The final no-action relief of SEF packages is due to expire November 15, 2014. Many folks have turned to us asking if this will be something that significantly impacts the amount of trades being dealt On-SEF.
BIT OF HISTORY
Back when the no-action relief was first given in May, the November 15 date was by far the longest relief given. Other packages were given a matter of weeks to months before they became MAT, but Invoice Spreads were deliberately given a seemingly long 6 months. Why such a delay for these trades?
I had appreciated that because we’re talking about packages from two separate markets (OTC swap packaged with Listed Futures), that it could be quite complex. Since then, I’ve also been hearing that it’s simply not possible under current laws. But before I try wrapping my head around all of that, I wanted to first understand these products better, and assess just how many of these packages we can see.
THE BASICS OF INVOICE SWAPS
Fundamentally, invoice swaps are a flavor of spread trades, whereby the investor is taking a view on the spread between US government debt and a similarly dated OTC interest rate swap. Essentially a play on the riskiness of the US government vs that of banks.
There are a few manifestations of playing this spread, be it:
- Spread-over-treasuries. Cash bond vs spot starting, standard tenor, OTC swap, which have been MAT’d in June. This is the garden variety for the inter-dealer market.
- Matched maturity cash bonds vs swaps. A variation of the above but where the swaps maturity date matches that of the treasury. The start dates can be either spot or IMM. This is the garden variety for hedge funds.
- Invoice spreads. OTC swap with effective date matching the delivery date of a CME bond future, and a maturity date matching that of the future’s CTD bond.
Liquidity and cost-effectiveness would seem to determine which choice the investor takes. For example, ERIS offers what I would presume to be a very cost effective play on invoice spreads whereby both legs are futures (a CME bond future with an Eris Flex swap future).
So how big is this market? I pulled the August 2014 data for USD Fixed/Float swaps from SDRView, for which there were a total of 25,871 matching swap trades reported. That’s the entire USD market in the month.
Peter Madigan of Risk Magazine published an article this past week claiming that ISDA is not finding the gurth of forward starting swaps that we’ve reported on a couple occasions. The facts are still there in the August numbers I pulled. 33% of these 25,000+ trades are not a MAT’able start, and when looking at what’s traded Off-SEF, that number is 71%. I’ll also repeat what I said in my detailed post on this topic: this scale of forward starting swap behavior existed before SEF’s started.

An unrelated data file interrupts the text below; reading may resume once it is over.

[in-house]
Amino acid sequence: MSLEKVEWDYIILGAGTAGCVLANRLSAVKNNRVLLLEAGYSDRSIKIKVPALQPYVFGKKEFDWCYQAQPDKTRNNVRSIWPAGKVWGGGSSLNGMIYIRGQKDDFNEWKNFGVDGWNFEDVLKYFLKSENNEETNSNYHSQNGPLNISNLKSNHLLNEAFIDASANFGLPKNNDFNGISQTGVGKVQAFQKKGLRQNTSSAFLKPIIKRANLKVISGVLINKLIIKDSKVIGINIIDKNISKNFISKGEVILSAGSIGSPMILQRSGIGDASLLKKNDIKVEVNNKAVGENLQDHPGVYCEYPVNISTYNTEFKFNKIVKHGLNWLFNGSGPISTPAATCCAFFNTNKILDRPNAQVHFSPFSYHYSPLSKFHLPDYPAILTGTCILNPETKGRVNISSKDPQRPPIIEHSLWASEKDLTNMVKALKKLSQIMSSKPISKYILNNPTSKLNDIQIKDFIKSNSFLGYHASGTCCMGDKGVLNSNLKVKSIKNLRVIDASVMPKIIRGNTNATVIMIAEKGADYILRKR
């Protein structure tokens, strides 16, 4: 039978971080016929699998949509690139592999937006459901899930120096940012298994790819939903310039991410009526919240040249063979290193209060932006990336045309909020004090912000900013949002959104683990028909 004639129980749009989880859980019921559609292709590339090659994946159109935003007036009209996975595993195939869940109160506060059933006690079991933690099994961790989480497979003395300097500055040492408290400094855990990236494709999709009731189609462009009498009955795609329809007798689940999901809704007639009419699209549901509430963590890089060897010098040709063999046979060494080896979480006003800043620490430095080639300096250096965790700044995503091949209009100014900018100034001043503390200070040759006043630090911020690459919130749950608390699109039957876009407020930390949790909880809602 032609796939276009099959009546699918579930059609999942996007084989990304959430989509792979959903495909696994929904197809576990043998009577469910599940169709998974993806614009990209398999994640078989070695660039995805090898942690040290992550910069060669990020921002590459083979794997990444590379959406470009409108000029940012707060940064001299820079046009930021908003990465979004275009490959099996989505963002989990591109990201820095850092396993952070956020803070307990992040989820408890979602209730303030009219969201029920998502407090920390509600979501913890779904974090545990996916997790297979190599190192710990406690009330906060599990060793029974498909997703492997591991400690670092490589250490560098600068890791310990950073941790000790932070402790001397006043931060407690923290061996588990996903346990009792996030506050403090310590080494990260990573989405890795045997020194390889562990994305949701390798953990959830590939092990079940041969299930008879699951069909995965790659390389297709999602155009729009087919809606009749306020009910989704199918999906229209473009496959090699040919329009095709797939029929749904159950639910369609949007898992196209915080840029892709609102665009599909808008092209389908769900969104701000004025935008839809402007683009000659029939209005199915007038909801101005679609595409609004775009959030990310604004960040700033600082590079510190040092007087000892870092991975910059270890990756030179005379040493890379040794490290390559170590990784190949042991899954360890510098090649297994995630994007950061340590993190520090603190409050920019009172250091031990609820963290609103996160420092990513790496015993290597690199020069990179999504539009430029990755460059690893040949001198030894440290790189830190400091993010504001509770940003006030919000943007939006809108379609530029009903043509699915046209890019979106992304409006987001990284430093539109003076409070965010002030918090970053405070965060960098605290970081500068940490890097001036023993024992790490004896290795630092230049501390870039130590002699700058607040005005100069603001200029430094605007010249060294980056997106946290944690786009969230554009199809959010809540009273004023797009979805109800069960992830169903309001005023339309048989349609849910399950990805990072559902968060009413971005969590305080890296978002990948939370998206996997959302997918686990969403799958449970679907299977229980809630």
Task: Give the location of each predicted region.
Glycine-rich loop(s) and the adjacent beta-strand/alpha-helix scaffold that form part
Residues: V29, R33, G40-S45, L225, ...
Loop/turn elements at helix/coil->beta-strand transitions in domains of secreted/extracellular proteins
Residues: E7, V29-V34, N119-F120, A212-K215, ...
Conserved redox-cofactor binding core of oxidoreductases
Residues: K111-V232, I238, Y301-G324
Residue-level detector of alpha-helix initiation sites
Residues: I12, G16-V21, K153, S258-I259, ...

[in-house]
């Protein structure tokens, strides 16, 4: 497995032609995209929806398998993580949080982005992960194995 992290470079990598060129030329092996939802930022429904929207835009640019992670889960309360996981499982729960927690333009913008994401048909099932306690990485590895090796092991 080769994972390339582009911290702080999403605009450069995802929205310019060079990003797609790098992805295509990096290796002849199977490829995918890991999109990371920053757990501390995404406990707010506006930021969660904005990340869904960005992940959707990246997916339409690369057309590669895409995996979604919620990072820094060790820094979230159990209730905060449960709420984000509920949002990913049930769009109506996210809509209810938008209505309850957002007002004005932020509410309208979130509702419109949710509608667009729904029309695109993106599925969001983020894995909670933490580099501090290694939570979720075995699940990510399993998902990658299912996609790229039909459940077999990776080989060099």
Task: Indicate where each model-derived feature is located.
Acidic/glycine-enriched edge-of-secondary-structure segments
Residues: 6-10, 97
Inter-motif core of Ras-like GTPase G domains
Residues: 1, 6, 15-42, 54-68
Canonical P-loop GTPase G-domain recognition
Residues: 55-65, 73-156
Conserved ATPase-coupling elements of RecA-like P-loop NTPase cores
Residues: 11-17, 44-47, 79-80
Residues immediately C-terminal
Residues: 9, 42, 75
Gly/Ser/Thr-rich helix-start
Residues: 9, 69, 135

BACK TO DATA
From the universe of 25,871 trades in August, I have first pulled out the 3,652 trades that are “Previous” starting, as these can generally be assessed to be from compression or similar process.
I then looked for swaps matching the following dates, expressed as “Effective Date / Maturity Date” which would match the Futures delivery date and underlying CTD maturity date:
Out of the 22,219 trades in the analysis, I found 744 hits, or just over 3% of the trades done in August. The vast majority of these trades are in the first futures contract (614 trades), and nearly half of them against the 5Yr T-Note Future. I was not able to find any for the 3rd, 4th, or 5th futures contract. Note that the Treasury Bond and Ultra bond only go out to 3 contracts:
Interesting to note that of these 744 trades, 163 of them were flagged as blocks.
Finally, in Notional terms:
So will these be SEF-tradeable in November? The confusion seems to revolve around CME rule 538.
When a futures/OTC package is traded, it is done away from the exchange. This requires an “EFR” (I liken to an EFP) to get the futures registered at CME. That all works. However the new CME rule 538 says you can not do an EFR if it is a futures trade that was executed with a SEF-eligible swap.
Therein lies the rub. Dodd-Frank is saying you have to execute the OTC leg with the future. CME is saying you can’t register a future that was executed with an OTC leg.
Rule 538 went into effect in August. Prior to this, SEF’s like Tradition actually listed such OTC/Futures packages on their SEF. Alas they can no longer do that.
I presume the only reason this has not been a larger issue to date is that, except in extremely rare cases, the underlying swap for invoice spreads are not MAT, and hence not required to be executed on SEF.
- Invoice spreads are one way to express views on the spread between US debt and swaps
- Invoice spreads are a significant portion of the market (3%+)
- What is going to happen come November? Particularly if more products become MAT’d, this could really be an issue.